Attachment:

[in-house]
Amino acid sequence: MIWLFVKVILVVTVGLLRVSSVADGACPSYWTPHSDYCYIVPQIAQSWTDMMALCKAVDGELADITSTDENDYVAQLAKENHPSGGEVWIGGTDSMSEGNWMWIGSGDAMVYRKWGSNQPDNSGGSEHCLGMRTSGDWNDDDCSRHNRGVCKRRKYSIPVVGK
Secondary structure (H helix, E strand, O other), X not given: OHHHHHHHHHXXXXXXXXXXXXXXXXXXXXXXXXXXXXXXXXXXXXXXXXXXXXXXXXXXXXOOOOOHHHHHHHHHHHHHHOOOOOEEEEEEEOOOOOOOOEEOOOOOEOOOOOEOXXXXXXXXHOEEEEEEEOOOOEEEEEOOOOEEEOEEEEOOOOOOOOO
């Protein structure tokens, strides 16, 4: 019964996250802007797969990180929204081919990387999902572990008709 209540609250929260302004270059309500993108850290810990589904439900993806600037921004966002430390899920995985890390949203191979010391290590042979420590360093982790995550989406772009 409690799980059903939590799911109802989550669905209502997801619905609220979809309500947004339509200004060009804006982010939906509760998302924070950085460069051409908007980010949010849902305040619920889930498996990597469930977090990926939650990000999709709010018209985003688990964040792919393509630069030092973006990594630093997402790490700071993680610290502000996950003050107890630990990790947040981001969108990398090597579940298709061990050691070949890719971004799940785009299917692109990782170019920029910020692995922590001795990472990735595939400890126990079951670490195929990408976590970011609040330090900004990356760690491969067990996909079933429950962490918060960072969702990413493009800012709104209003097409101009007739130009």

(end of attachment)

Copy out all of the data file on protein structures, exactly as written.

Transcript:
[in-house]
Amino acid sequence: MIWLFVKVILVVTVGLLRVSSVADGACPSYWTPHSDYCYIVPQIAQSWTDMMALCKAVDGELADITSTDENDYVAQLAKENHPSGGEVWIGGTDSMSEGNWMWIGSGDAMVYRKWGSNQPDNSGGSEHCLGMRTSGDWNDDDCSRHNRGVCKRRKYSIPVVGK
Secondary structure (H helix, E strand, O other), X not given: OHHHHHHHHHXXXXXXXXXXXXXXXXXXXXXXXXXXXXXXXXXXXXXXXXXXXXXXXXXXXXOOOOOHHHHHHHHHHHHHHOOOOOEEEEEEEOOOOOOOOEEOOOOOEOOOOOEOXXXXXXXXHOEEEEEEEOOOOEEEEEOOOOEEEOEEEEOOOOOOOOO
């Protein structure tokens, strides 16, 4: 019964996250802007797969990180929204081919990387999902572990008709 209540609250929260302004270059309500993108850290810990589904439900993806600037921004966002430390899920995985890390949203191979010391290590042979420590360093982790995550989406772009 409690799980059903939590799911109802989550669905209502997801619905609220979809309500947004339509200004060009804006982010939906509760998302924070950085460069051409908007980010949010849902305040619920889930498996990597469930977090990926939650990000999709709010018209985003688990964040792919393509630069030092973006990594630093997402790490700071993680610290502000996950003050107890630990990790947040981001969108990398090597579940298709061990050691070949890719971004799940785009299917692109990782170019920029910020692995922590001795990472990735595939400890126990079951670490195929990408976590970011609040330090900004990356760690491969067990996909079933429950962490918060960072969702990413493009800012709104209003097409101009007739130009």